AU - Roehrborn, Claus

AU - Dmochowski, Roger

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AU - Wang, Joseph T.

AU - Guan, Zhonghong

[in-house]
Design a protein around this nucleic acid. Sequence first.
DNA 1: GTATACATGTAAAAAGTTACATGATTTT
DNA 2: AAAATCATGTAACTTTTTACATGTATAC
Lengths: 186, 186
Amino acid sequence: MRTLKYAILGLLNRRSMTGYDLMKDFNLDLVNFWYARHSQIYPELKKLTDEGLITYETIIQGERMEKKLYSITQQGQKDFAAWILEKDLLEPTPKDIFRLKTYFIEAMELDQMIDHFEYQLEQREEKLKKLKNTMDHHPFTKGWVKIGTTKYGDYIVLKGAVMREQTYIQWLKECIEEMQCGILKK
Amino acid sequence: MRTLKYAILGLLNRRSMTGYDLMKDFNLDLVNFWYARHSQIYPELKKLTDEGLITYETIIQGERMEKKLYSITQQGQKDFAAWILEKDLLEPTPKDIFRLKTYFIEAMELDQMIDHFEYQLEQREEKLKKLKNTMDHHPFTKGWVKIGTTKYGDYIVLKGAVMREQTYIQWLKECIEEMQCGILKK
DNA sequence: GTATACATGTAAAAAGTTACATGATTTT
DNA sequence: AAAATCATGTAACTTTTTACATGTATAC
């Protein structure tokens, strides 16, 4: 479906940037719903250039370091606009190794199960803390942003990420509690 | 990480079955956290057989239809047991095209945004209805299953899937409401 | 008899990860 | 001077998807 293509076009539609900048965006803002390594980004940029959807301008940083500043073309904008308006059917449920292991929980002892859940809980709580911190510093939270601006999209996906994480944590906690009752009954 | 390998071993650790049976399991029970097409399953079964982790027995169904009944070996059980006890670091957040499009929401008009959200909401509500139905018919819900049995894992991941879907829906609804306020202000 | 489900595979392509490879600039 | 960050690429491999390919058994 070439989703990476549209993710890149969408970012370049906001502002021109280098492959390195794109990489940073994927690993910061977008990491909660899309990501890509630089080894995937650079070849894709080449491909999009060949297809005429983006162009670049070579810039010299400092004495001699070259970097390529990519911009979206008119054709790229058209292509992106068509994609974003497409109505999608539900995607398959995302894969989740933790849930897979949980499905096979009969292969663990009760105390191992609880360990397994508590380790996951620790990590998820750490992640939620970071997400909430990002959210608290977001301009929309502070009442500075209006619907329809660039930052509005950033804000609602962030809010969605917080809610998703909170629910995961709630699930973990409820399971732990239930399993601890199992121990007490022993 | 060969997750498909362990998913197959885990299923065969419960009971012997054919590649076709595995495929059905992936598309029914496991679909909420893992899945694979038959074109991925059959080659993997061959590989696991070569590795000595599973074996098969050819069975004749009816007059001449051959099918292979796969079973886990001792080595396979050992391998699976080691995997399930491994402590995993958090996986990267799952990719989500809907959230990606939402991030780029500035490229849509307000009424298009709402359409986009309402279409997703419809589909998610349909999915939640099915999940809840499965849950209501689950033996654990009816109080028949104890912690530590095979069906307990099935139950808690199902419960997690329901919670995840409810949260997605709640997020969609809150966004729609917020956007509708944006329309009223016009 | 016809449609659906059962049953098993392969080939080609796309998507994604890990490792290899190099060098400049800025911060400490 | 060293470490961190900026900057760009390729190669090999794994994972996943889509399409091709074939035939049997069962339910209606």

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AB - Objectives: To evaluate the efficacy and safety of nighttime dosing with tolterodine extended release (TER) in men with overactive bladder (OAB) and nocturia. Methods: This was a post hoc analysis of data from two 12-week, double-blind, placebo-controlled trials of nighttime (<4 hours before bedtime) TER (4 mg daily) dosing. Men with a mean micturition frequency of eight or more times in 24 hours, including a mean of 2.5 or more nocturia episodes/night, were included. For each micturition, patients used 7-day diaries to record urinary urgency on a 5-point urgency rating scale (1, none; 2, mild; 3, moderate; 4, severe; 5, urgency urinary incontinence). Micturitions were analyzed post hoc by urgency rating categories: total (1 to 5), non-OAB (1 to 2), OAB (3 to 5), and severe OAB (4 to 5). Adverse events were recorded throughout the study. Results: A total of 745 men (mean age 64 years) were randomized to placebo (n = 374) or TER (n = 371). Of the 745 men, 73% reported no incontinence episodes in a 7-day diary at baseline. At week 12, the weekly values for nighttime severe OAB micturitions and 24-hour and daytime total, OAB, and severe OAB micturitions were significantly reduced in the TER group versus the placebo group. The TER-treated men also reported a significant reduction in the mean urgency rating versus placebo. Adverse events associated with TER were low and comparable to those in the placebo group, with the exception of dry mouth (11% versus 4%). Withdrawals because of adverse events were infrequent (3% TER, 4% placebo). Five men were withdrawn for symptoms suggestive of urinary retention (3 TER, 2 placebo). Conclusions: Nighttime TER dosing reduced urgency-related micturitions and was well tolerated in men with OAB and nocturia.